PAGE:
Leo Overcomes a Major Scare

Leo overcomes a major scare

Ashley Nelson and her husband Jason Phipps of Madison were settling in late on a September night in their birthing suite at UnityPoint Health – Meriter, hoping to get some sleep. About 19 hours earlier, Ashley had given birth to a beautiful baby boy, Leo, the couple’s second child. All seemed fine, and the family was planning to go home the next morning. 

Sara Storm, RN, a postpartum nurse, was nearing the end of her shift when she noticed that Leo appeared greyish-blue – a worrisome sign that suggested his oxygen level was insufficient.

Normal blood oxygenation is in the 90s, but Sara was stunned after seeing that Leo’s oxygenation level was only in the high 30s. To double check, Sara moved Leo to another machine, which confirmed that Leo was in real trouble.

Suddenly, Jason recalls, the room quickly turned into a scene reminiscent of the TV series “ER.”

“Lots of people were running in and things were getting more frantic. We were scared, wondering what in the world is going on.”

Physicians and nurses from the Neonatal Intensive Care Unit (NICU) examined Leo before quickly bringing him up to the NICU, where he was intubated. One of the first people to meet Jason and Ashley was UW Health Pediatric Cardiologist Amy Peterson, MD.

“With his oxygen levels so low,” says Dr. Peterson, “I suspected Leo was either having a lung problem or a heart problem. His breathing had been fine, so we zeroed in on the heart right away. Our hunch, which was confirmed with an echocardiogram, was that Leo had a rare complex heart defect called Transposition of the Great Arteries.”

Leo had a rare complex heart defect called Transposition of the Great Arteries

Blood was not circulating properly

Babies like Leo are born with a complete reversal of the major heart valves that carry blood to the lungs and the body. Instead of blood flowing normally in one continuous circuit throughout the body, Leo had two parallel circuits of blood, both flowing to the wrong place. His red, oxygen-rich blood was flowing only to the lungs, while, his blue, oxygen-poor blood was flowing to the rest of the body.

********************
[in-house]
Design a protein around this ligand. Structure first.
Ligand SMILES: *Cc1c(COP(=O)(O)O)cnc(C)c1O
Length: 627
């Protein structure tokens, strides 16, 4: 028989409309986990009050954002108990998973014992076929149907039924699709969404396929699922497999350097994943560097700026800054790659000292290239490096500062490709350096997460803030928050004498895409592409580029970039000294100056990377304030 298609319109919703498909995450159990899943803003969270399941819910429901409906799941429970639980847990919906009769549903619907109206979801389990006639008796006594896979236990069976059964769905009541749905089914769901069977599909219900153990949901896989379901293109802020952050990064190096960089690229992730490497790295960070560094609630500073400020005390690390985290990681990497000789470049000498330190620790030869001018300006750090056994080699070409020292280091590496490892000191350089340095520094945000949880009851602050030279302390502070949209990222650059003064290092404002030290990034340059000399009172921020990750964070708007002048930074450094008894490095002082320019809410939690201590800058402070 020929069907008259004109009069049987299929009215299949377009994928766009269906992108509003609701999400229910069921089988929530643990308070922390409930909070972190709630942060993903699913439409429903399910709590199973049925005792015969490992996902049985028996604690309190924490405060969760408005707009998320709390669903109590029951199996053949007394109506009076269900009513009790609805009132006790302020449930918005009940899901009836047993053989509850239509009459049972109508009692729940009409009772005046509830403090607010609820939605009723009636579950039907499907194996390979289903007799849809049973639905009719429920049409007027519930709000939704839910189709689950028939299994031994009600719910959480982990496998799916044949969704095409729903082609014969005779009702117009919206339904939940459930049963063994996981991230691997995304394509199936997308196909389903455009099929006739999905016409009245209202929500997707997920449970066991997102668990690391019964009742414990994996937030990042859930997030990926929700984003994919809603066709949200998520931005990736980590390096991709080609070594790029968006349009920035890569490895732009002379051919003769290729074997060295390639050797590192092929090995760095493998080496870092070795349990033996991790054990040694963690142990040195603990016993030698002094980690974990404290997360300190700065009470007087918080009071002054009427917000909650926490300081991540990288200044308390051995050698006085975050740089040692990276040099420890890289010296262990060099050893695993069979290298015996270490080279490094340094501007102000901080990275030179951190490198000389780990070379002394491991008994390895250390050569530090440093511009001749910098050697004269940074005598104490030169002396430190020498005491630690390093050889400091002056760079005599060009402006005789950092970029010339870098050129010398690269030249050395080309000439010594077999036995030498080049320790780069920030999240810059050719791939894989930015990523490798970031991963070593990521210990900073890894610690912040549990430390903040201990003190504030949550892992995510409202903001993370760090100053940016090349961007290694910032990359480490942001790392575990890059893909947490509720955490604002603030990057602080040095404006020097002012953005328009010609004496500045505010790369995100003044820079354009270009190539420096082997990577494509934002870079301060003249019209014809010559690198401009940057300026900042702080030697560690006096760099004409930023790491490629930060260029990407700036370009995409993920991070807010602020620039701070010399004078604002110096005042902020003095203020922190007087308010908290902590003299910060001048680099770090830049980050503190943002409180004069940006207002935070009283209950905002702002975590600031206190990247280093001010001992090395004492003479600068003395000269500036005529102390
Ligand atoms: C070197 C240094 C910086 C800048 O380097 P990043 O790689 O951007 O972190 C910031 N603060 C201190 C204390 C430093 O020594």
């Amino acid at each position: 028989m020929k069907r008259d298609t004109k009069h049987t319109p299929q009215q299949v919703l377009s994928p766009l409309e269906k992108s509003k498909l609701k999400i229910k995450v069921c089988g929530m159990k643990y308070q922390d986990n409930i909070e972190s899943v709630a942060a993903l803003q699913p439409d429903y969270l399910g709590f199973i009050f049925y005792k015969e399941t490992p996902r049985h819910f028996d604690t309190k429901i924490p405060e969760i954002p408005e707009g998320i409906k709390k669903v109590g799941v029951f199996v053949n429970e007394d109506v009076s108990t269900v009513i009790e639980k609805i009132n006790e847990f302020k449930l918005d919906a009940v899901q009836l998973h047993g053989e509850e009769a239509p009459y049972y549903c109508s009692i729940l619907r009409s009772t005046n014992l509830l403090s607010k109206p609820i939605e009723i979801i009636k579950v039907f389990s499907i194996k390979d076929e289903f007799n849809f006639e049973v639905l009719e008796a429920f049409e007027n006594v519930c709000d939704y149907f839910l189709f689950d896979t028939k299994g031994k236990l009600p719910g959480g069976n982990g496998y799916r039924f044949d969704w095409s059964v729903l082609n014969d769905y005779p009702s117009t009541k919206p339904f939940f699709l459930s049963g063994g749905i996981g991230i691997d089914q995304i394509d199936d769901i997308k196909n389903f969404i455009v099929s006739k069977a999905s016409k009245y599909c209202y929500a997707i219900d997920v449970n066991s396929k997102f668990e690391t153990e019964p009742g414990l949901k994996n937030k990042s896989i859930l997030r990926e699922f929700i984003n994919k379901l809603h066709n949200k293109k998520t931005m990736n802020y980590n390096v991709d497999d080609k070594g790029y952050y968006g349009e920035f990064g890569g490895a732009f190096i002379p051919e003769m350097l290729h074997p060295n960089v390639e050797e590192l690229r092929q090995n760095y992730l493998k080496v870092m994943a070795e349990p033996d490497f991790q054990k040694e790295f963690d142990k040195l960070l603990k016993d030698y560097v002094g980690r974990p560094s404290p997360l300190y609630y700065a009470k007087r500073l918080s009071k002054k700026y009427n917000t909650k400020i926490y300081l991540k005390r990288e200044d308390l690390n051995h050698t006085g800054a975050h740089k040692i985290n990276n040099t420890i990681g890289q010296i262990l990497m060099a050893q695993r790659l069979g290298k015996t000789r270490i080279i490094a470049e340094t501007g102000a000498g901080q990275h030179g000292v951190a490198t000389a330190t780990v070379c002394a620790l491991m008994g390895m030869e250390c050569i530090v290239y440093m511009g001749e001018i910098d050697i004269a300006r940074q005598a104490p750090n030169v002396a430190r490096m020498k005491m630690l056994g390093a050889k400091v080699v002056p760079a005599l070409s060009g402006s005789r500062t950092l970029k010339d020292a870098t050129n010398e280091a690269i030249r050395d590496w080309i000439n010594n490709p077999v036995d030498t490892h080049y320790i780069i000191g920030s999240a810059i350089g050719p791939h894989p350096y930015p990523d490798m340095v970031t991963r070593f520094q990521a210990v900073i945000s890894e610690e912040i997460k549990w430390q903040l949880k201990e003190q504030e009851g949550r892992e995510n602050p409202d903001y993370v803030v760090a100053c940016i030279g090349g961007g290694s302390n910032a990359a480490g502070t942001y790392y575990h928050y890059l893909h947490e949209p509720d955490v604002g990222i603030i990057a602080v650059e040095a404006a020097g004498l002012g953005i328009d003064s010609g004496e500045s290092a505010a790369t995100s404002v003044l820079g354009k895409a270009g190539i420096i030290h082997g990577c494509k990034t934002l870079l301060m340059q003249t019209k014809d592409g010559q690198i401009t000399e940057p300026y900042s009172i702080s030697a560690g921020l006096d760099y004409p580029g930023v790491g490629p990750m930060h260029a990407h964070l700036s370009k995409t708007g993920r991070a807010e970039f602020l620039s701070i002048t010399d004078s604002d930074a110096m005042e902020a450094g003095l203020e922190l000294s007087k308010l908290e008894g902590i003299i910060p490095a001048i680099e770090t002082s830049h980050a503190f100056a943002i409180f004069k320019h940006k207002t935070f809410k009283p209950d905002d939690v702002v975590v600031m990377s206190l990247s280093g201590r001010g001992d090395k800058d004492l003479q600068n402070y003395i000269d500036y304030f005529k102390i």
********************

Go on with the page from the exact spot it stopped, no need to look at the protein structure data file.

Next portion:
This highly abnormal situation was gradually depriving Leo of enough oxygen to survive. Quickly, he was started on a medication called PGE and transferred to American Family Children’s Hospital by CHETA, a critical care vehicle that specializes in transporting children.

Sara Storm, the nurse who first noticed Leo’s abnormal appearance, spent just a few hours caring for Leo, but the time she spent tending to him turned out to be as precious as the little baby boy himself.

“He was soon out of my hands, but he was in my heart ever since that moment,” Sara says.

Open heart surgery needed

Survival for Leo meant he would soon require a complex open-heart surgery known as an arterial switch operation. First, however, Leo would undergo a balloon atrial septostomy procedure to buy him a few days of time to grow and learn how to eat. Performed by UW Health pediatric interventional cardiologist Luke Lamers, MD, the septostomy enlarges the hole between the heart’s upper chambers, allowing the “red” and “blue” blood to mix, sending more oxygen-rich blood to the body.

“Leo started doing much better after the septostomy,” says pediatric cardiothoracic nurse practitioner Kari Nelson, APNP. “He was able to learn how to feed and just be a baby, which would pay off after surgery.”

On day seven of life – October 1, 2018 — Leo was taken to the operating room at American Family Children’s Hospital. There, UW Health pediatric cardiothoracic surgeon Petros Anagnostopoulos, MD, (known as “Dr. A,”) performed the intricate 7-hour surgery that went very smoothly.

“Dr. A. did a fantastic surgical repair, which set Leo up for great post-operative care in the Pediatric Intensive Care Unit (PICU),” says Kari. “Leo started breast feeding on the fifth day after surgery, which is remarkable, and was ready to go home on the ninth day, which is also amazing. It truly was a great team effort across both hospitals.”

Leo and his big sister Madeline
Leo and his big sister Madeline

Today, Leo is doing very well. He will be cared for by a cardiologist for the rest of his life but should not have any significant restrictions throughout his lifetime.

Jason and Ashley, who also have a 3-year-old daughter, Madeline, are incredibly relieved that their new son is healthy.

“We are so fortunate to have these facilities right here in our backyard,” says Jason. We could not be happier with the care that Leo received.”

One comment

  • I am so glad Leo is doing well. Our youngest was also born with this congenital birth deft had all of the same procedures as Leo did. That was 181/2 years ago for our journey with our youngest. Our daughter will celebrate her 19th birthday in April

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